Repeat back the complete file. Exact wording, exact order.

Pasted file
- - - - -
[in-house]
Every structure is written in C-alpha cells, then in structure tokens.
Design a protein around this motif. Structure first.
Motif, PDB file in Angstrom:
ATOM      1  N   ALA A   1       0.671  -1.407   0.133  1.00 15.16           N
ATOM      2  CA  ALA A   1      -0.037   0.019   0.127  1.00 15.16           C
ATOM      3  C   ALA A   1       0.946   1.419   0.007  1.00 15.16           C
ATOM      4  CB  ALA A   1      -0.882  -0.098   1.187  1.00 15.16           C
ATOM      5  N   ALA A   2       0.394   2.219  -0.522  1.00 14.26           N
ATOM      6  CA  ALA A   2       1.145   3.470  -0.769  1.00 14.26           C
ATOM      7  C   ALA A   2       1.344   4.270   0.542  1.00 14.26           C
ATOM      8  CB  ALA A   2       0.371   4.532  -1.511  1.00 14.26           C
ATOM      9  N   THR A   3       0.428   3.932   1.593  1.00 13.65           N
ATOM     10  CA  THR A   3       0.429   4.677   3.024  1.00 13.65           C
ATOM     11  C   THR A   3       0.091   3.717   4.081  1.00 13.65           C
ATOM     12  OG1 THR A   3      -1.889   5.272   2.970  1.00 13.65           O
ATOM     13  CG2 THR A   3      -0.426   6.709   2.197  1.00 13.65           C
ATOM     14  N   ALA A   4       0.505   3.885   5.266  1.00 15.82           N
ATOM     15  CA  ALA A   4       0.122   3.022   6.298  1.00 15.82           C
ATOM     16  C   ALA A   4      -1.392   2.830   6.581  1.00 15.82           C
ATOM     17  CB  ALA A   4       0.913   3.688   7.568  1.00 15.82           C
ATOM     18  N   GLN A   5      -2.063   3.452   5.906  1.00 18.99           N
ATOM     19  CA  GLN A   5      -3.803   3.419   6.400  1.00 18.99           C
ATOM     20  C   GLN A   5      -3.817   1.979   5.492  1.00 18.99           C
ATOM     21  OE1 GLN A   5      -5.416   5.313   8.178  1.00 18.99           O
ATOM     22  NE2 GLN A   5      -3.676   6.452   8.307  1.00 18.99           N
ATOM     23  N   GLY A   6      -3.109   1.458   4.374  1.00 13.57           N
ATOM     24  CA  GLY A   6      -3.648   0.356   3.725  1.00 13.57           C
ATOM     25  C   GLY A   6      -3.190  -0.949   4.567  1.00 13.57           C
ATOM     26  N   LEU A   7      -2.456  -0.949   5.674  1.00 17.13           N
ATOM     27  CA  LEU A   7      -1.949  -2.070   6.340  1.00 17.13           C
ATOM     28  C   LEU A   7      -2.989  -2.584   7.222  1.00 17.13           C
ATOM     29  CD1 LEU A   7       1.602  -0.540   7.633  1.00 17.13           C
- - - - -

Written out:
[in-house]
Every structure is written in C-alpha cells, then in structure tokens.
Design a protein around this motif. Structure first.
Motif, PDB file in Angstrom:
ATOM      1  N   ALA A   1       0.671  -1.407   0.133  1.00 15.16           N
ATOM      2  CA  ALA A   1      -0.037   0.019   0.127  1.00 15.16           C
ATOM      3  C   ALA A   1       0.946   1.419   0.007  1.00 15.16           C
ATOM      4  CB  ALA A   1      -0.882  -0.098   1.187  1.00 15.16           C
ATOM      5  N   ALA A   2       0.394   2.219  -0.522  1.00 14.26           N
ATOM      6  CA  ALA A   2       1.145   3.470  -0.769  1.00 14.26           C
ATOM      7  C   ALA A   2       1.344   4.270   0.542  1.00 14.26           C
ATOM      8  CB  ALA A   2       0.371   4.532  -1.511  1.00 14.26           C
ATOM      9  N   THR A   3       0.428   3.932   1.593  1.00 13.65           N
ATOM     10  CA  THR A   3       0.429   4.677   3.024  1.00 13.65           C
ATOM     11  C   THR A   3       0.091   3.717   4.081  1.00 13.65           C
ATOM     12  OG1 THR A   3      -1.889   5.272   2.970  1.00 13.65           O
ATOM     13  CG2 THR A   3      -0.426   6.709   2.197  1.00 13.65           C
ATOM     14  N   ALA A   4       0.505   3.885   5.266  1.00 15.82           N
ATOM     15  CA  ALA A   4       0.122   3.022   6.298  1.00 15.82           C
ATOM     16  C   ALA A   4      -1.392   2.830   6.581  1.00 15.82           C
ATOM     17  CB  ALA A   4       0.913   3.688   7.568  1.00 15.82           C
ATOM     18  N   GLN A   5      -2.063   3.452   5.906  1.00 18.99           N
ATOM     19  CA  GLN A   5      -3.803   3.419   6.400  1.00 18.99           C
ATOM     20  C   GLN A   5      -3.817   1.979   5.492  1.00 18.99           C
ATOM     21  OE1 GLN A   5      -5.416   5.313   8.178  1.00 18.99           O
ATOM     22  NE2 GLN A   5      -3.676   6.452   8.307  1.00 18.99           N
ATOM     23  N   GLY A   6      -3.109   1.458   4.374  1.00 13.57           N
ATOM     24  CA  GLY A   6      -3.648   0.356   3.725  1.00 13.57           C
ATOM     25  C   GLY A   6      -3.190  -0.949   4.567  1.00 13.57           C
ATOM     26  N   LEU A   7      -2.456  -0.949   5.674  1.00 17.13           N
ATOM     27  CA  LEU A   7      -1.949  -2.070   6.340  1.00 17.13           C
ATOM     28  C   LEU A   7      -2.989  -2.584   7.222  1.00 17.13           C
ATOM     29  CD1 LEU A   7       1.602  -0.540   7.633  1.00 17.13           C